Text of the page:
player transfer system which operates between Japan
's Nippon Professional Baseball
(NPB) and the United States
' Major League Baseball
(MLB). Despite the drafting of the United States – Japanese Player Contract Agreement in 1967 designed to regulate NPB players moving to MLB, problems arose in the late 1990s. Some NPB teams lost star players without compensation, an issue highlighted when NPB stars Hideo Nomo
and Alfonso Soriano
left to play in MLB after using loopholes to void their existing contracts. A further problem was that NPB players had very little negotiating power if their teams decided to deal them to MLB, as when pitcher Hideki Irabu
was traded to an MLB team for which he had no desire to play. In 1998, the Agreement was rewritten to address both problems and was dubbed the "posting system". Under this system, when an NPB player is "posted", MLB holds a four-day-long silent auction
during which MLB teams can submit sealed bids in an attempt to win the exclusive rights to negotiate with the player for a period of 30 days. If the MLB team with the winning bid and the NPB player agree on contract terms before the 30-day period has expired, the NPB team receives the bid amount as a transfer fee, and the player is free to play in MLB. If the MLB team cannot come to a contract agreement with the posted player, then no fee is paid, and the player's rights revert to his NPB team. Up to the end of the 2008/09 posting period, thirteen Japanese players had been posted using the system. Of these, seven signed Major League contracts immediately, three signed minor league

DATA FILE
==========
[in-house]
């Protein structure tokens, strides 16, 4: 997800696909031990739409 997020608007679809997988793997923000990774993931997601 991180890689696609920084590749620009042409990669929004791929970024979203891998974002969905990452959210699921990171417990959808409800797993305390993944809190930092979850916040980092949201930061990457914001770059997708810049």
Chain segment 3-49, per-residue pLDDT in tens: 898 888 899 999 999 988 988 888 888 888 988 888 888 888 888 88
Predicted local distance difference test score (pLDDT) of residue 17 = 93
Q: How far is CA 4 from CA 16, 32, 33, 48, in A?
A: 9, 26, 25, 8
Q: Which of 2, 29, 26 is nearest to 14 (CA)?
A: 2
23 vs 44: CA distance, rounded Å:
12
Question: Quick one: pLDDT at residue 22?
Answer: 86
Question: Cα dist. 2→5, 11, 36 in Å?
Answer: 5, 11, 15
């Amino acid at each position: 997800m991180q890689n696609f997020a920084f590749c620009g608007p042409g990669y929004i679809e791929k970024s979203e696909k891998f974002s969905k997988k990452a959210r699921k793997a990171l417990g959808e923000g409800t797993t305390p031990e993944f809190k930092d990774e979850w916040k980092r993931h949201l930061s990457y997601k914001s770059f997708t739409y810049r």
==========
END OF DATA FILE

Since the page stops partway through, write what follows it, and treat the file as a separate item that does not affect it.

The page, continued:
contracts, and three were unsuccessful in attracting any MLB interest. The two highest-profile players that have been acquired by MLB teams through the posting system are Ichiro Suzuki
and Daisuke Matsuzaka
. They attracted high bids of $13.125 million and $51.1 million respectively, and have enjoyed successful MLB careers. However, since its implementation the posting system has been criticized by the media and baseball insiders from both countries.
An Afghan girl playing baseball in August 2002
A shortstop tries to tag out a runner who is sliding headfirst, attempting to reach second base.
Rickey Henderson—the major leagues' all-time leader in runs and stolen bases—stealing third base in a 1988 game
Defensive positions on a baseball field, with abbreviations and scorekeeper's position numbers (not uniform numbers)
David Ortiz, the batter, awaiting a pitch, with the catcher and umpire
Diagram of a baseball field (the term diamond may be used to refer to the square area defined by the four bases or to the entire playing field). The dimensions given are for professional and professional-style games. Children often play on smaller fields.
Theodore Roosevelt "Double Duty" Radcliffe
(July 7, 1902–August 11, 2005) was at his death thought to be the oldest living professional baseball
player (it was later discovered that Silas Simmons